The deadline for the 2018 competition is 31st January 2018. The Judge is poet Helen Ivory and she will read all the submissions.
First prize: £1,000
Second prize: £300
Third prize: £100
Plus 4 x £50
Last year’s winning poem by Janet Sutherland
I wasn’t there. I heard this second hand, much later,
but textbooks show the methodology, the diagrams
for several presentations and for monstrous deviations
from the norm. For calves long dead in situ and for those
just recently deceased. For calves too big or those
whose odd shape makes their birth impossible.
So, let’s return to games with butter at the kitchen table
carving summer scrolls and corrugations, watching
beads of sweat emerging from the surface.
Look at the four of us, you’re telling the story.
My chair on two legs tilted on the dresser, and yours
steady by the Rayburn. You can’t remember much –
was it by the cedar of Lebanon or in the beech wood?
You mime the act of sawing. I wasn’t there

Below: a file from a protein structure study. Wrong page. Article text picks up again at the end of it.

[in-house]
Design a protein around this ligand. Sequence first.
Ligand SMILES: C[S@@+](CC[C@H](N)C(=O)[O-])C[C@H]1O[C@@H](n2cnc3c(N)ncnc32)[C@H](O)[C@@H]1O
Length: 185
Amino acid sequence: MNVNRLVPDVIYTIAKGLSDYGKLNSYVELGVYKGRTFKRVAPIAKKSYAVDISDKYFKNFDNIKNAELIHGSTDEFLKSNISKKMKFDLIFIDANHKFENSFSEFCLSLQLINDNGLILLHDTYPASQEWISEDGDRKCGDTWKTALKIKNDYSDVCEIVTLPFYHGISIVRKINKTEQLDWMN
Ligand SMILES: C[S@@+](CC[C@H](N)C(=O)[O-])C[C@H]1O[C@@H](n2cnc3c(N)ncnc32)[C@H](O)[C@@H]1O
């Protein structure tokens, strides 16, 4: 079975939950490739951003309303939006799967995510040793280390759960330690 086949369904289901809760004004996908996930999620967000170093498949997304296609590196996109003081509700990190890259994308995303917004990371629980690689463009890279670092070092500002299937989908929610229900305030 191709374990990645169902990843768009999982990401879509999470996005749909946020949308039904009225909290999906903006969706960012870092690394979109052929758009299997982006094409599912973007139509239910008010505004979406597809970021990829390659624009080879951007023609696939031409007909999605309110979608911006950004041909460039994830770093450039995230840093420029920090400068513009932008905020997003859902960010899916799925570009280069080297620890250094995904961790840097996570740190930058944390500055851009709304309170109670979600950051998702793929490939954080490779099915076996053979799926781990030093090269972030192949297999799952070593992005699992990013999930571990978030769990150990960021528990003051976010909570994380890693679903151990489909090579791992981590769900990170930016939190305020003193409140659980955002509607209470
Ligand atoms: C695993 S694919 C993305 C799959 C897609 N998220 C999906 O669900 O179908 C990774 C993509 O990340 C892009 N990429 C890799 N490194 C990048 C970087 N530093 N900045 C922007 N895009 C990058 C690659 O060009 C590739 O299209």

but I recall the field which had that slope, so steep
it made the little Fergie roar. The throttle out so far
the blue smoke coughed in rapid puffs and plumes.
The vet had laid his tools out in the field:
two buckets full of lubricant, three of warm water,
a hand pump, krey hook and a calving chain,
a length of braided saw wire with its introducer.
It was raining, water trickled through her hair.
Your hand on her flank felt the fat she’d come to,
her vulva swollen with two feet emerging.
Hooves, dew claws, pastern joints all faded yellow,
like the white rat I’d dissected in biology. She lay
in the copse under the beech trees, I wasn’t there
but beech mast crunched each time you moved your feet.
I’ve read how it’s done. I know the technicalities,
the rough dismemberment, and what that leaves you with.